Joyent co-founder on why AWS will win, OpenStack will flatline and connected cars will (hopefully) be zombie-proof

Jason Hoffman has never been short on opinions. He wasn’t as the co-founder and CTO of cloud computing provider Joyent, he wasn’t as a fixture at our numerous Structure conferences over the years (by the way, Structure Data is coming up in March), and he isn’t in his new role as vice president of corporate strategy and portfolio management at Ericsson(s adr).

He proved the latter during an appearance on our Structure Show podcast this week, discussing everything from the cloud market he used to live and breathe to the connected car market his currently employer is doggedly pursuing. It was one of the most fun interviews we’ve done and possibly the most fun I’ve ever had talking cloud computing. Here are the highlights, but you’ll probably want to listen to the whole thing, which also features a great breakdown of the state of mobile networking.

(And if you want to learn more about Hoffman, including how he created Joyent in part to try curing his mother’s cancer, read this profile that Stacey Higginbotham wrote on him last year.)

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What Amazon Web Services does right

“Hats off to AWS, still,” Hoffman said. “It just really, really goes to show that … [paraphrasing ex-Google engineer Steve Yegge] a product will always be replaced by an equivalent or lesser product that’s platformized.”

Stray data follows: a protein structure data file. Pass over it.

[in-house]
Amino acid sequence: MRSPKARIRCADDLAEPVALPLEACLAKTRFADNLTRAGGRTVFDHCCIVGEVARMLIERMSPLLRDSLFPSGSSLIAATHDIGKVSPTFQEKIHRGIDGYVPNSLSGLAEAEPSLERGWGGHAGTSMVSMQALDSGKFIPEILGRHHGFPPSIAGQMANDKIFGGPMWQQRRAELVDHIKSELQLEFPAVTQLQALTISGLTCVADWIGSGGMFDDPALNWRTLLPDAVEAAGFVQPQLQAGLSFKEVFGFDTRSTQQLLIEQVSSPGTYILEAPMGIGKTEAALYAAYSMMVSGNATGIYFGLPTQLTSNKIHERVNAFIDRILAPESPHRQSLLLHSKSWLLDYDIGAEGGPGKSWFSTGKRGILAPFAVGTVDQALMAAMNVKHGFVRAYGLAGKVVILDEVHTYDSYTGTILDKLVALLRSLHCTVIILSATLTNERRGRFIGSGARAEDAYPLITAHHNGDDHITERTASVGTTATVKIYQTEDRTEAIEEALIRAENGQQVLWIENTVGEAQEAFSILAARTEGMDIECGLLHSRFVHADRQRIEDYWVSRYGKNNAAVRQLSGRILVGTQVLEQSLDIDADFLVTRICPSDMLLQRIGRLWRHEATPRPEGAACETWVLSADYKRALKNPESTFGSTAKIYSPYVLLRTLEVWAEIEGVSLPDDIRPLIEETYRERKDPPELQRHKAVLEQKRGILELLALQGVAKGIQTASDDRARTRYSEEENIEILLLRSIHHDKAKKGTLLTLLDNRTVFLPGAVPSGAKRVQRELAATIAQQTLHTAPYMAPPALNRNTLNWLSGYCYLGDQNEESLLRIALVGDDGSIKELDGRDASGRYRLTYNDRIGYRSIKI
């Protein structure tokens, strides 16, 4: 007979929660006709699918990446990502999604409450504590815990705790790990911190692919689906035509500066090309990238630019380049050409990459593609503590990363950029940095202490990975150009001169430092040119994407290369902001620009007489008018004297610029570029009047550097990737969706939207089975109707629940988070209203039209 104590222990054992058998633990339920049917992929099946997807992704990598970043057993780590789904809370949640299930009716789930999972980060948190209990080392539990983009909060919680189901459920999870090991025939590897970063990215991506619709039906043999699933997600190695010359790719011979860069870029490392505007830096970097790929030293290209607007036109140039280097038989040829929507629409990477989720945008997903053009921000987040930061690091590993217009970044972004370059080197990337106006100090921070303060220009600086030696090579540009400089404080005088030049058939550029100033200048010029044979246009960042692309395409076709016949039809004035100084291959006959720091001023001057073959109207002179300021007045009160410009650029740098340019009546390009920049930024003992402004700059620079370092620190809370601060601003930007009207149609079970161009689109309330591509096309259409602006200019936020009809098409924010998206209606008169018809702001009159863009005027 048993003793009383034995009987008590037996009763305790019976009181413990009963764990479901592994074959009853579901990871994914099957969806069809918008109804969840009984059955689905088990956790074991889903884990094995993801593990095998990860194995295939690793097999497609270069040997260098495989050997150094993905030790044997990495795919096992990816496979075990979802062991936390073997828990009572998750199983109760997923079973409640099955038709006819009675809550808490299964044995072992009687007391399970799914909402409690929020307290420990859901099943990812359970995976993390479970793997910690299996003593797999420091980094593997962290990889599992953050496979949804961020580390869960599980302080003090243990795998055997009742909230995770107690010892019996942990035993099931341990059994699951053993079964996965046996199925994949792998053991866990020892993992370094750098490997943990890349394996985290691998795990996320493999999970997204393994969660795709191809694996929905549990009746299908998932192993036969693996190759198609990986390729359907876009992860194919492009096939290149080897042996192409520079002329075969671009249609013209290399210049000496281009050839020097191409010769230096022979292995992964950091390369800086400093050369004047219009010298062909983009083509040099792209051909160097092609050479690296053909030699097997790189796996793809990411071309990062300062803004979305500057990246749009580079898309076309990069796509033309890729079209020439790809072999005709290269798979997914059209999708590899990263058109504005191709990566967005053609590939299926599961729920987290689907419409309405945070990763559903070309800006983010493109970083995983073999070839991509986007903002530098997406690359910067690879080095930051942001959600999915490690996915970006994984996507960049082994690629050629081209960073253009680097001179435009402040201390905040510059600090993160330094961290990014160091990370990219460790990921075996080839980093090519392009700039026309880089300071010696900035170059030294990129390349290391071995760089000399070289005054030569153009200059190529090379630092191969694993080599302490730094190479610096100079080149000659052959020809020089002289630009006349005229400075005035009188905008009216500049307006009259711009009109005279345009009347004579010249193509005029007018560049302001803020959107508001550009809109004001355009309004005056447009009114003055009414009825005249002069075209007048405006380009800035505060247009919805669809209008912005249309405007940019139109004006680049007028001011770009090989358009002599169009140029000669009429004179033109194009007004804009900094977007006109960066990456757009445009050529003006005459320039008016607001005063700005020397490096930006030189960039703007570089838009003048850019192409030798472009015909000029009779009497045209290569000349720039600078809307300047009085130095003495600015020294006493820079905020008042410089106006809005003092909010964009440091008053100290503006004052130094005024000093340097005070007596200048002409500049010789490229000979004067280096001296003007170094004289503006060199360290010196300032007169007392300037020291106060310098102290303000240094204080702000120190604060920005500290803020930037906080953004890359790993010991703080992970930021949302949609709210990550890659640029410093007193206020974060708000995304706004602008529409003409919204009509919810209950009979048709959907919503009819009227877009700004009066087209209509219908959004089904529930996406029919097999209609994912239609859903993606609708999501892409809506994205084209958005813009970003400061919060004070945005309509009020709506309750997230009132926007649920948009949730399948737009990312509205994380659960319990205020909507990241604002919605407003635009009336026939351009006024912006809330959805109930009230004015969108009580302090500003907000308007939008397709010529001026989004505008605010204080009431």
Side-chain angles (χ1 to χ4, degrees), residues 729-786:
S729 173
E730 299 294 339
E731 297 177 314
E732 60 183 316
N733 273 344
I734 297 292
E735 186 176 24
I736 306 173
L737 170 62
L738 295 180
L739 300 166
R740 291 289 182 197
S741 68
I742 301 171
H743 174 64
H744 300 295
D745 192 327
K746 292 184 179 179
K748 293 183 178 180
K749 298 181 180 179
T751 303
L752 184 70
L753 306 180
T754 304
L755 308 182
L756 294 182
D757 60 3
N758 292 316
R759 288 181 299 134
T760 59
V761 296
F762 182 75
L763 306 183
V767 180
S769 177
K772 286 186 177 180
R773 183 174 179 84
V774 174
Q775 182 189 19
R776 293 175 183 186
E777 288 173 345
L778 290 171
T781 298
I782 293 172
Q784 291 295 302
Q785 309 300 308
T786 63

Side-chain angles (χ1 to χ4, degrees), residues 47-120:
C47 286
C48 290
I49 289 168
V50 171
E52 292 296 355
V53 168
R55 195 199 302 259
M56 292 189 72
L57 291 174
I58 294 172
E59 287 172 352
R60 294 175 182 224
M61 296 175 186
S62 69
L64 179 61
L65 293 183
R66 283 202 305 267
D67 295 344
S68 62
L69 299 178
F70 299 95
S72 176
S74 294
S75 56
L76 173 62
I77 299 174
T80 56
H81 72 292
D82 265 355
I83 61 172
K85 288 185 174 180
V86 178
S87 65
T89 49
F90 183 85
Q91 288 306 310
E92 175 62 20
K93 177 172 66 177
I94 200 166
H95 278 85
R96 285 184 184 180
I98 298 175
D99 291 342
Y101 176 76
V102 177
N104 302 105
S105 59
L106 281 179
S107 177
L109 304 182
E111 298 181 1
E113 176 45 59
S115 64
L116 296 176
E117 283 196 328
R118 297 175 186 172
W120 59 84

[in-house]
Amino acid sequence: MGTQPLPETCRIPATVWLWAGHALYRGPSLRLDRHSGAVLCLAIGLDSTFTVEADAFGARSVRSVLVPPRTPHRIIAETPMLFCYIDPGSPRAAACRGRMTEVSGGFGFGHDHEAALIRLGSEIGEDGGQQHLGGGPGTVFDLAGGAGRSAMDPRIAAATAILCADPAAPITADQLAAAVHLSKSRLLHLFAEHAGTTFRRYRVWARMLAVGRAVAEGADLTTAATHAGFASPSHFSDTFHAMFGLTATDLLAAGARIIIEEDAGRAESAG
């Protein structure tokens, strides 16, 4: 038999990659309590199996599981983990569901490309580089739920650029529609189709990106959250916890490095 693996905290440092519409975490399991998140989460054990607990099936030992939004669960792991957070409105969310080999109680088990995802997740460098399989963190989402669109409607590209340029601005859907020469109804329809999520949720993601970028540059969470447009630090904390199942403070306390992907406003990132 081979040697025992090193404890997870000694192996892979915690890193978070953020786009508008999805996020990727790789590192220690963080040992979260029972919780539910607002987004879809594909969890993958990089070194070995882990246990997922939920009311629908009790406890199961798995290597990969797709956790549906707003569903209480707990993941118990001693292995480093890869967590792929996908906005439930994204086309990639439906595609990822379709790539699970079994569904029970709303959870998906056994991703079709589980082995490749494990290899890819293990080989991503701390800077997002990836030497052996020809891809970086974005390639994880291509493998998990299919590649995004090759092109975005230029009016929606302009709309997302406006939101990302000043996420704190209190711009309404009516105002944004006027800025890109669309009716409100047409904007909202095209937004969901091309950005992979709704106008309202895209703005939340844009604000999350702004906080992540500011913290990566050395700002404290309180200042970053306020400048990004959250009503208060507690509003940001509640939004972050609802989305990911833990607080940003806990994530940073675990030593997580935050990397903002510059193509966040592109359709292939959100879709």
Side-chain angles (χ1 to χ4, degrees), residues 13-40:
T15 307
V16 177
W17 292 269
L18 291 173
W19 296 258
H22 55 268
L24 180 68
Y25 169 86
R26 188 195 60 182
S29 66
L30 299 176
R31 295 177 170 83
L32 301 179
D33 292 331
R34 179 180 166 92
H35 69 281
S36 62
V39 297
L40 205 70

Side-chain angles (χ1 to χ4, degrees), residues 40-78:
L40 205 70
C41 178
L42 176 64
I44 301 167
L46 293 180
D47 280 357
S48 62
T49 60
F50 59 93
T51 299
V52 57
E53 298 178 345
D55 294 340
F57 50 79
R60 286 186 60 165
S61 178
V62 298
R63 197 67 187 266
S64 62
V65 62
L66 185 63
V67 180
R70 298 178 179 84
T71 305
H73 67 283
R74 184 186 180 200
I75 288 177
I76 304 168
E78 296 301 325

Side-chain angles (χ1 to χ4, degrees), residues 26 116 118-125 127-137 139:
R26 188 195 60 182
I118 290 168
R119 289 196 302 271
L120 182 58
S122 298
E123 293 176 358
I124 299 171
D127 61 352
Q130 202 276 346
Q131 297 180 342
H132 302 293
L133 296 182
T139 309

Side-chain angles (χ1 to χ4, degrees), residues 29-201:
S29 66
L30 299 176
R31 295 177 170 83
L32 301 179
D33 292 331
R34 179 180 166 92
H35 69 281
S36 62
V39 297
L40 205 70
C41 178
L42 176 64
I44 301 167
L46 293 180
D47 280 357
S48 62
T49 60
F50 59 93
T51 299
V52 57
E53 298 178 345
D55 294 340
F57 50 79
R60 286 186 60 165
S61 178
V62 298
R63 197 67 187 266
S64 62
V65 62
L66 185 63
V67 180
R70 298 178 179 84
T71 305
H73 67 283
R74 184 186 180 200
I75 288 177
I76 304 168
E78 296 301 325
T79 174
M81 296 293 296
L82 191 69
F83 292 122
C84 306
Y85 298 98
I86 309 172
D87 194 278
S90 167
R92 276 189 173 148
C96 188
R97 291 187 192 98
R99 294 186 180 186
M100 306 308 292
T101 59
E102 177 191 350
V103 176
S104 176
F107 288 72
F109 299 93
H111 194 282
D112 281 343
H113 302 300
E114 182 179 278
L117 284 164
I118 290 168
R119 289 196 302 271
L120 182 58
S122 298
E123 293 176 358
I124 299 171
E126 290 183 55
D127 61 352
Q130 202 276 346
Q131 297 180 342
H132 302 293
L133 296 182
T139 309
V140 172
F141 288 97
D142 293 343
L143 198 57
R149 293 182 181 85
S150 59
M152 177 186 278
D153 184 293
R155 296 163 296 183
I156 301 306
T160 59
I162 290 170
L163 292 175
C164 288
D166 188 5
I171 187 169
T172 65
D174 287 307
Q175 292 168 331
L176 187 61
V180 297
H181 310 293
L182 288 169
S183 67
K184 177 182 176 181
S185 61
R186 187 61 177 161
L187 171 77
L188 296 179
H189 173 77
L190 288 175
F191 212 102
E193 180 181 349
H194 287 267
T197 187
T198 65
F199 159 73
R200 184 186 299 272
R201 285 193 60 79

AWS knows what people want, it’s able to iterate quickly and, most importantly, it’s accessible. “I continue to expect AWS to just really take that … retail and buying experience type capability and proceed to just rip into all the traditional IT players and do pretty well,” Hoffman said.

However, if understanding platforms, users and business were all it took to be the top cloud provider, Microsoft(s msft) might very well be in that same spot. “The basic difference between Microsoft and Amazon internally that I don’t think a lot of people appreciate is Amazon … really has turned themselves into one platform used internally and externally,” Hoffman explained. “… Microsoft internally, like Google internally, is a bunch of islands.”

What Google needs to do

Said Hoffman:

“What Google needs to basically do is sit down and say, ‘One, this is going to be a permanent line of business for us and is not going away,’ which Amazon has been very vocal about saying. The second thing they gotta do is they have to say, ‘Not only is it not going away, we are planning for it to be as large a line of business for us as our advertising business.’ … Number three, that ‘We’re willing to contractually do the things that need to be de done to sort of get the trust of large customers.'”

Oh, and spend tens of millions of dollars over the next few years to ensure it becomes a leader in the space.

Asked whether he thinks it will actually do these things, especially pledging to make cloud as big as advertising, Hoffman joked, “Well, I don’t know. I’m just telling you what they should say.”